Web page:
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Defining an MVP for your product

Here is the problem with defining what a Minimal Viable Product is

Minimal Viable Product: One of the most used and abused buzzwords of the startup ecosystem.

Ability to define an MVP also happens to be one of the key criteria for hiring Product Managers.

One of the most common follies that many potential product manager hopefuls make is, focusing only on the “Minimal” aspect and forgetting “Viable”  and “Product”

Minimal: What is the least thing you can do in the fastest amount of time to get the product out and test the market.

Viable: What is the least you NEED to do to make sure it works. This implies it would include the key differentiator that you have from your competitors.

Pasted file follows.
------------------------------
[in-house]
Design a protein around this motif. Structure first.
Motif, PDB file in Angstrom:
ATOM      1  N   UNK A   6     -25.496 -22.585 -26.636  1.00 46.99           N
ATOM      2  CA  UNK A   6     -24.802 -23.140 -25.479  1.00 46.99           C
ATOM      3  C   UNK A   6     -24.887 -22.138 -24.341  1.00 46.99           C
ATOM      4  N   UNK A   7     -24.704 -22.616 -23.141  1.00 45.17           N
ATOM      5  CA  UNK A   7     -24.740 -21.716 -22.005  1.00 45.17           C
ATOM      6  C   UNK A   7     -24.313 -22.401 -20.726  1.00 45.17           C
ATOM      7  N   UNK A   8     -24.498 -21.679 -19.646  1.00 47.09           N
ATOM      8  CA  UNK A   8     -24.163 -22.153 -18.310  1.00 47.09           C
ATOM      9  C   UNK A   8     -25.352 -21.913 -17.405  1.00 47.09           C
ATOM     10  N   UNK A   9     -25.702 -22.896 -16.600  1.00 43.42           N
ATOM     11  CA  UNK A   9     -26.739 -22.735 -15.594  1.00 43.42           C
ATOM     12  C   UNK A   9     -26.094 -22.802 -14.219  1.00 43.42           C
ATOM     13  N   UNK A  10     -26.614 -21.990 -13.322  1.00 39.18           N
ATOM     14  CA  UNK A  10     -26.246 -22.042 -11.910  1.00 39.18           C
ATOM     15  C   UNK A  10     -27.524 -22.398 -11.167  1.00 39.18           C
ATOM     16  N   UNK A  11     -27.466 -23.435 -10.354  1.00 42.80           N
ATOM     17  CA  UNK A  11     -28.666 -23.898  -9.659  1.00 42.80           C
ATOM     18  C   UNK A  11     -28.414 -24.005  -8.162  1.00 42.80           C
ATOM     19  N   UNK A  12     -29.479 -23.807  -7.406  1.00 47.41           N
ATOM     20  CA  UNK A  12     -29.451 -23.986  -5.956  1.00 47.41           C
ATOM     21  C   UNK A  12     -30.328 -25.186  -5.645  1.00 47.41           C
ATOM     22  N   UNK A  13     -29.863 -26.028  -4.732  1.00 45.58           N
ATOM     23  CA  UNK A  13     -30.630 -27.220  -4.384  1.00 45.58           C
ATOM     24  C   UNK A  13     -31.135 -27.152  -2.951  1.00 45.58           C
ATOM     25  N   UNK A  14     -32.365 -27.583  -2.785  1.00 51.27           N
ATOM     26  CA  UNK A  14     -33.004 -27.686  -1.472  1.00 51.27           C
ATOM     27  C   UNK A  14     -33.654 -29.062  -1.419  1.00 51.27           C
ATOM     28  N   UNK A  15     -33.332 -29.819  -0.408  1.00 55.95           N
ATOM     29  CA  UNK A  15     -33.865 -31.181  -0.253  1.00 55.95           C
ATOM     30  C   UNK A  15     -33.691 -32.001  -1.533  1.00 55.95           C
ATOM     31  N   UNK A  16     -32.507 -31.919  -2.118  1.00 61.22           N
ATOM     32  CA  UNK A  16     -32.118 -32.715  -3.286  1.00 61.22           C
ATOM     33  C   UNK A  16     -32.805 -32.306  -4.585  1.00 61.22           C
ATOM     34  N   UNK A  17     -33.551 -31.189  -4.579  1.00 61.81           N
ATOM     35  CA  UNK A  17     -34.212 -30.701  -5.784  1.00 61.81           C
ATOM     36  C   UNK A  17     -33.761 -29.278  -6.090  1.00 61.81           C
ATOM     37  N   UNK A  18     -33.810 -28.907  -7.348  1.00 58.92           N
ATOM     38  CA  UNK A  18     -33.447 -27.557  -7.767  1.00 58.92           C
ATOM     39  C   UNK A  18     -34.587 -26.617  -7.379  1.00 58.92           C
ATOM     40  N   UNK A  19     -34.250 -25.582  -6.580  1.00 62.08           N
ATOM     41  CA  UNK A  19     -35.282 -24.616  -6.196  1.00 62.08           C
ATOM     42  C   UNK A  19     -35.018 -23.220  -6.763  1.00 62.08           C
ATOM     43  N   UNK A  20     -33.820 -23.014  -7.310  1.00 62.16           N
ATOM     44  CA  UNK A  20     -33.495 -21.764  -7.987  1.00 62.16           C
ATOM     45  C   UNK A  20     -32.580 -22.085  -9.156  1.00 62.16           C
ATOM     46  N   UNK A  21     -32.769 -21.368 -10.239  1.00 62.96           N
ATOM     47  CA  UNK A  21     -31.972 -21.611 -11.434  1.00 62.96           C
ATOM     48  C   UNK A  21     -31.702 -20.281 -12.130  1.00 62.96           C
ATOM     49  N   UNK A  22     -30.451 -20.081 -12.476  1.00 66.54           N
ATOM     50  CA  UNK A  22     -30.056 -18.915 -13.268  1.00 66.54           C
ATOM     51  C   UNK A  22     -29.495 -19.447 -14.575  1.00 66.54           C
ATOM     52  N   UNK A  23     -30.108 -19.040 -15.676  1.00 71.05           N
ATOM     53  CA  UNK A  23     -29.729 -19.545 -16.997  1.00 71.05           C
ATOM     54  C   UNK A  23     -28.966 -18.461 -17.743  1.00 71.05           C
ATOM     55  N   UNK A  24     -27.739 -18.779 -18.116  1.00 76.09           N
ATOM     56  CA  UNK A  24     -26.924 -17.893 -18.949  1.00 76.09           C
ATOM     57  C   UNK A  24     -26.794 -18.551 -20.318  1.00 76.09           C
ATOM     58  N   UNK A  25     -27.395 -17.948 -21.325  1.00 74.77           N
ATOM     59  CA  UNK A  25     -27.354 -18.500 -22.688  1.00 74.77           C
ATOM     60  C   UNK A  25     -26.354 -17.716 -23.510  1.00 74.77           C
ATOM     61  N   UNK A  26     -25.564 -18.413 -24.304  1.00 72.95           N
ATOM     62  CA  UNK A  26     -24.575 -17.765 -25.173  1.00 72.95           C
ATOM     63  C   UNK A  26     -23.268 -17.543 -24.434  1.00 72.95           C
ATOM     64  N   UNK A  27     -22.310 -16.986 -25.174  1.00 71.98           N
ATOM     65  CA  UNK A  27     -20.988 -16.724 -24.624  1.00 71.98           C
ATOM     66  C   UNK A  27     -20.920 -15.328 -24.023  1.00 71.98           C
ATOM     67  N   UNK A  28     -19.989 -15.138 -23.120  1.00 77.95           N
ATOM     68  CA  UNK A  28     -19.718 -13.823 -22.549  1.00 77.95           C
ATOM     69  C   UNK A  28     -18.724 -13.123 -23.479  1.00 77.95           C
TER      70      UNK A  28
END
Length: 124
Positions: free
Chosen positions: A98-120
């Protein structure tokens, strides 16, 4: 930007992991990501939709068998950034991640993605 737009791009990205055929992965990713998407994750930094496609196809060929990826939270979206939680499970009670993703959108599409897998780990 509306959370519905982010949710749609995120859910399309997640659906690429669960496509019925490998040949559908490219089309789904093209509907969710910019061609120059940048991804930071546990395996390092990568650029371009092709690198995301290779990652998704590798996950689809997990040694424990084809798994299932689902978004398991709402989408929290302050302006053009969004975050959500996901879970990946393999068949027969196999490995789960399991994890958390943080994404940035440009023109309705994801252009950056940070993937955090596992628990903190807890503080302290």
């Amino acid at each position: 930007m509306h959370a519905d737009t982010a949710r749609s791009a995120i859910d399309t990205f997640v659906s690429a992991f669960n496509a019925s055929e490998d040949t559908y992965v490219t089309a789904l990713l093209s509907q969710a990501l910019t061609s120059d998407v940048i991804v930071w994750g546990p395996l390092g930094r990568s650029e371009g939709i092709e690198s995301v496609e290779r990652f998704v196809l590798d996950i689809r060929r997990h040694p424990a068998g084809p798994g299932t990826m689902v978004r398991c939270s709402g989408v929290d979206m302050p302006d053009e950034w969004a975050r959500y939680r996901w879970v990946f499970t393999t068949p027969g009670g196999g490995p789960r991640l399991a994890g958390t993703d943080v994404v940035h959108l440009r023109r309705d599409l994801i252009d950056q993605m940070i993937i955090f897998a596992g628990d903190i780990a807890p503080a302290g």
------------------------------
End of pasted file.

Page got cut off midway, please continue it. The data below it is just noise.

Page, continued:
Product: It HAS to be a finished product in itself. There HAS to be a market for that product. It may be your MVP but customers do not buy your MVP. They buy products.It can do only 1 tiny thing, but it should do it well.

To give an oversimplified example: If you were to build a WhatsApp rival that will differentiate itself by giving users an ability to hide messages in a group from certain group members, Your MVP has to be a messaging App with an ability to hide messages from group members.

You can cut corners on speed, multi-browser support, group sizes, encryption, starring, tagging, blocking, spam fighting, heck even real-time updates, or don’t even  give users an ability to invite anyone(Do it via email, manually for each user ), but not on the very core feature

Sounds like such a simple thing to do…

And since I am fond of haikus on Product Management–Here is one on Minimal Viable Product

Minimal Viable Product
was minimal as a blank slate
forgot Viable Product







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